The adult worm is an inch or so long, and an eighth-inch in diameter. But they build tubes several inches long, using sand grains and shell fragments.
"They will not leave their tube. They live in their tube and have dozens of tentacles they stick out one end of the tube, which is how they gather food and particles to build their shells with."
Tiny, hair-like cilia brush the sand grains and shell pieces down the tentacles so they can be grabbed by the worm's fleshy, pincer-like "building organ" and glued onto the under-construction tube piece by piece.
The worm "secretes two little dabs of glue onto the particle," says Stewart. "And the building organ puts it onto the end of the tube and holds it there for about 25 seconds, wiggling it a little to see if the glue is set, and then it lets go. The glue is designed to set up and harden within 30 seconds after the worm secretes it."
Worms build their tube-like shells next to each other, like stacks of pipes, to form a large colony. "One grain of sand at a time it builds big, reef-like colonies the size of Volkswagens," Stewart says. "A colony looks like a mound."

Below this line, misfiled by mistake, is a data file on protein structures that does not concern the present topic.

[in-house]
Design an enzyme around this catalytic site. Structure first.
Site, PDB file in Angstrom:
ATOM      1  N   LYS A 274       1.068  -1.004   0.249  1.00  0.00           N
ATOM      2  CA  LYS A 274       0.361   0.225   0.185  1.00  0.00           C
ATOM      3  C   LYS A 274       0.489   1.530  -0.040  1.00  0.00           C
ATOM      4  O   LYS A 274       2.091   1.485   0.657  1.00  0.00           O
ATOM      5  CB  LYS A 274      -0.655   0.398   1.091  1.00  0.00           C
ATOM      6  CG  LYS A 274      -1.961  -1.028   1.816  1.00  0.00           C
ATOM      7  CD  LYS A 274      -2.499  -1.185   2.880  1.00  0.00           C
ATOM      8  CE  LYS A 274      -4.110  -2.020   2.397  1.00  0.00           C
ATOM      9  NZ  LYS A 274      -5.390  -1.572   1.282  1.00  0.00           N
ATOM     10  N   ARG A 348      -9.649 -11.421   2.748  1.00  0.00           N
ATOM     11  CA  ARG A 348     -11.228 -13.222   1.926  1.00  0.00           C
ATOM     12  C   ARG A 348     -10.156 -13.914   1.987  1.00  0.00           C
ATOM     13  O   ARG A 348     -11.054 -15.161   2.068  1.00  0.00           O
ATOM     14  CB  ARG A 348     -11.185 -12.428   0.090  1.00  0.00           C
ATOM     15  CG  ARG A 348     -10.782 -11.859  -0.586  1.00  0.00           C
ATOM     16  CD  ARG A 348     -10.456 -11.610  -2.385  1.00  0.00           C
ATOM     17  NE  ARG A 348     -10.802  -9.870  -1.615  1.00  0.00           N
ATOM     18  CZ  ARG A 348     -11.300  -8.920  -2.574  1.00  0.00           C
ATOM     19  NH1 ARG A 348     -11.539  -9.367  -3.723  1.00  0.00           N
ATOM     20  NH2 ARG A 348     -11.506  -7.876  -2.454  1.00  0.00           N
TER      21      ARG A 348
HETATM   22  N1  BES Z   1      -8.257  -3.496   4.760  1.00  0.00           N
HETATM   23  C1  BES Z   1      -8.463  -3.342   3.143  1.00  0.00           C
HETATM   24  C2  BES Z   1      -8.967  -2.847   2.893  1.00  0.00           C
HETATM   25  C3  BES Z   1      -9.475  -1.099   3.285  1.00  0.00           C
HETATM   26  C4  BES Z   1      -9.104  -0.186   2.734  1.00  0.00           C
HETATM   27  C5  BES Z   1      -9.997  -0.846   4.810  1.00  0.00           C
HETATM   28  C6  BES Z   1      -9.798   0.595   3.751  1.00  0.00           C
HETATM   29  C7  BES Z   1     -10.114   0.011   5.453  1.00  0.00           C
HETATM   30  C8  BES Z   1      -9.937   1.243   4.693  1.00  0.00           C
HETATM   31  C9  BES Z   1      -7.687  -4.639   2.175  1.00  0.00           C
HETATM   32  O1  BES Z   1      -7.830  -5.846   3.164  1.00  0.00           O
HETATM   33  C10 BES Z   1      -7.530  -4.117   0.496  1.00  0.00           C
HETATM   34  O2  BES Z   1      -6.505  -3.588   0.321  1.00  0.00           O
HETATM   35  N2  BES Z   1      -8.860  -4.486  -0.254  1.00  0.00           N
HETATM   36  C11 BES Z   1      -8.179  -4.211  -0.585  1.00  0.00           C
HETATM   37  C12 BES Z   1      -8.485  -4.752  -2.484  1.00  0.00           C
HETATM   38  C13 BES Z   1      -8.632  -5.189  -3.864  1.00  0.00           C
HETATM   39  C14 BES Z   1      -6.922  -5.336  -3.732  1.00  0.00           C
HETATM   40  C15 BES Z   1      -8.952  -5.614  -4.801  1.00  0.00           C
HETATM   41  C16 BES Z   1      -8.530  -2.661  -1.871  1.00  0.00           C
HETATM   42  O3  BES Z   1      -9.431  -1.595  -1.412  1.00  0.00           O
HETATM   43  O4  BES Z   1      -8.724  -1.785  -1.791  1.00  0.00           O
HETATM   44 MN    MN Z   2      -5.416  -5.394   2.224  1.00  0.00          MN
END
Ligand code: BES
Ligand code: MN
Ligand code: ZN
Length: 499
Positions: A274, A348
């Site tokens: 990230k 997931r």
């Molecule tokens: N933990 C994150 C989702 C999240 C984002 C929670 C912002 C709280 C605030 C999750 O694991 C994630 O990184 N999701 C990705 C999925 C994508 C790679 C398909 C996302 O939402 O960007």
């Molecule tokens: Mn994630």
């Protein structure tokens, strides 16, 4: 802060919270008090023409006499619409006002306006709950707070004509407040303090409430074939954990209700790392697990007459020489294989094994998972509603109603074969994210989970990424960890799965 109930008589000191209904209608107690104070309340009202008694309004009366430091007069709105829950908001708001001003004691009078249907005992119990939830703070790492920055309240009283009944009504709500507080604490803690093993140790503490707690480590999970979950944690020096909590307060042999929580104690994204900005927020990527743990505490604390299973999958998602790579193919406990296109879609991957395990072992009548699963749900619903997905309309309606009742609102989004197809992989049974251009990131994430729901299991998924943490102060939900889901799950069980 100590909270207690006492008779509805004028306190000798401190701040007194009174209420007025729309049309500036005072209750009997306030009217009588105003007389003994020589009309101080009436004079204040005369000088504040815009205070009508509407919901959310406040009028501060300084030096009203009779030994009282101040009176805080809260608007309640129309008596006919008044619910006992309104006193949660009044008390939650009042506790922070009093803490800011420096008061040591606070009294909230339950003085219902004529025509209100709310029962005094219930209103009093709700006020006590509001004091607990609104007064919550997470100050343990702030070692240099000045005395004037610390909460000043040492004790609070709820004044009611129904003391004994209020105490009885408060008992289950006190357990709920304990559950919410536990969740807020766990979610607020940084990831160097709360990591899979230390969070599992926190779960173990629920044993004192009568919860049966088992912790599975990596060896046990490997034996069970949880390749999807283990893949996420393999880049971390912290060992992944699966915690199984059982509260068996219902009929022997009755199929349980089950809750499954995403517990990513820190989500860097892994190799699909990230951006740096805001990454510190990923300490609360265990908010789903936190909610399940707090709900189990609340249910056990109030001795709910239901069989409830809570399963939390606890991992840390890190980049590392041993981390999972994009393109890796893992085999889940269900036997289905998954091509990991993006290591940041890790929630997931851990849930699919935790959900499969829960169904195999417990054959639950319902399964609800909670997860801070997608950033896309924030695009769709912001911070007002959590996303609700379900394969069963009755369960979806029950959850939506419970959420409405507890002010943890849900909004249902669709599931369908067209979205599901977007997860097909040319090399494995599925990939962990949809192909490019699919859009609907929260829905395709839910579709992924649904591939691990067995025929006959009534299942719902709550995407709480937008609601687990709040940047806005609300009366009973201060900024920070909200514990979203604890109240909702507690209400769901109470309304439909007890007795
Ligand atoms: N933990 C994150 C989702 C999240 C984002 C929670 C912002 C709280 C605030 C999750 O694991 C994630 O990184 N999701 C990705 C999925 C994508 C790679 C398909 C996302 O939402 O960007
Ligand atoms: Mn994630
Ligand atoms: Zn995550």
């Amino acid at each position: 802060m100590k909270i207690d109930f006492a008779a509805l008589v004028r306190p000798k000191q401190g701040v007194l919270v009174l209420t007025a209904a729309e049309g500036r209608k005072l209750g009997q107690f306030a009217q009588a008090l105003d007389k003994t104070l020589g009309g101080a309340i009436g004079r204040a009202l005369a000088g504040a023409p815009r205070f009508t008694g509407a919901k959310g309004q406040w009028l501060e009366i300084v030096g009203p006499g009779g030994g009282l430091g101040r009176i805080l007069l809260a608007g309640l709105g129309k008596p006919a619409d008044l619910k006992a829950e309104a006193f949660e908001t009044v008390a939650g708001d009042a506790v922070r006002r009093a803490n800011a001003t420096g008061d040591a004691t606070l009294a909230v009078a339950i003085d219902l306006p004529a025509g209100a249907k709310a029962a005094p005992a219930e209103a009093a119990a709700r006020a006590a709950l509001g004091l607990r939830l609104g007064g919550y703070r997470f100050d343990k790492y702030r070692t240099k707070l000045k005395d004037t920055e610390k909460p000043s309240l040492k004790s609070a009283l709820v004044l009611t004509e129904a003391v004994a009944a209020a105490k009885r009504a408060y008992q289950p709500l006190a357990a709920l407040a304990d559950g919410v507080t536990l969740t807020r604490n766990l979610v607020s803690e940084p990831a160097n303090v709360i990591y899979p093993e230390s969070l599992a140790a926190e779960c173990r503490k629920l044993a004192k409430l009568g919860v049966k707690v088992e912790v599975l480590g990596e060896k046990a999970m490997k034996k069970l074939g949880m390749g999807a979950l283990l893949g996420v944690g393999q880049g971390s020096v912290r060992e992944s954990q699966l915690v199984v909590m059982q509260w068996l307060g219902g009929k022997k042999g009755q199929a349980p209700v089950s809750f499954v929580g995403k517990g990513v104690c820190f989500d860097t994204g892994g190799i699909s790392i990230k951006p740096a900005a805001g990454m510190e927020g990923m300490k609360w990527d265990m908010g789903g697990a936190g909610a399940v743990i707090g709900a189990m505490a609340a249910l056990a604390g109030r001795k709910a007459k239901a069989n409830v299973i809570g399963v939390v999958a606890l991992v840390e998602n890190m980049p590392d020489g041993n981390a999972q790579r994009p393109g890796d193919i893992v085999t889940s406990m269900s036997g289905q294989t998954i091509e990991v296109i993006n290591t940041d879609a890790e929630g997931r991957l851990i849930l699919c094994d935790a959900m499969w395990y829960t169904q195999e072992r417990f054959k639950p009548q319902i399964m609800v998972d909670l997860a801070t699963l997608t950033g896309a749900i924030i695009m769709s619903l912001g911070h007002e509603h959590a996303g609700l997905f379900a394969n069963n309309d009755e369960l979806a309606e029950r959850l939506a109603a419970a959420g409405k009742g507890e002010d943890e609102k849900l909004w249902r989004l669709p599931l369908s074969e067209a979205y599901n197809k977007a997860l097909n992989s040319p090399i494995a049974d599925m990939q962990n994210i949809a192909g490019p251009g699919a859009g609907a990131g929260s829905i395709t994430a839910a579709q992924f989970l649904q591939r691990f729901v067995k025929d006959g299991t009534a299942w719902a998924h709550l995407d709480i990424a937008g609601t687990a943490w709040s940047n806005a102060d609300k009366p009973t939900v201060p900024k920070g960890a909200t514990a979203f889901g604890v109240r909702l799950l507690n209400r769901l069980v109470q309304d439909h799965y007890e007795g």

In the lab, Stewart previously showed the worms will use any handy building material, using their natural adhesive to build tubes by gluing together tiny pieces of egg shell, glass beads, red sand, bone, zirconium oxide, and even pieces of a silicon chip.
The Chemistry of Glue
Scientists already knew sandcastle worm glue contained proteins and a substance named dopa, which also is present in glue mussels used to glom onto rocks and boats.
"But we took the compositional characterization a lot further," hypothesized how the worm glue works, and used that to create the synthetic glue, says Stewart.
The sea worm's glue is made from two p
|Contact: Lee Siegel|
University of Utah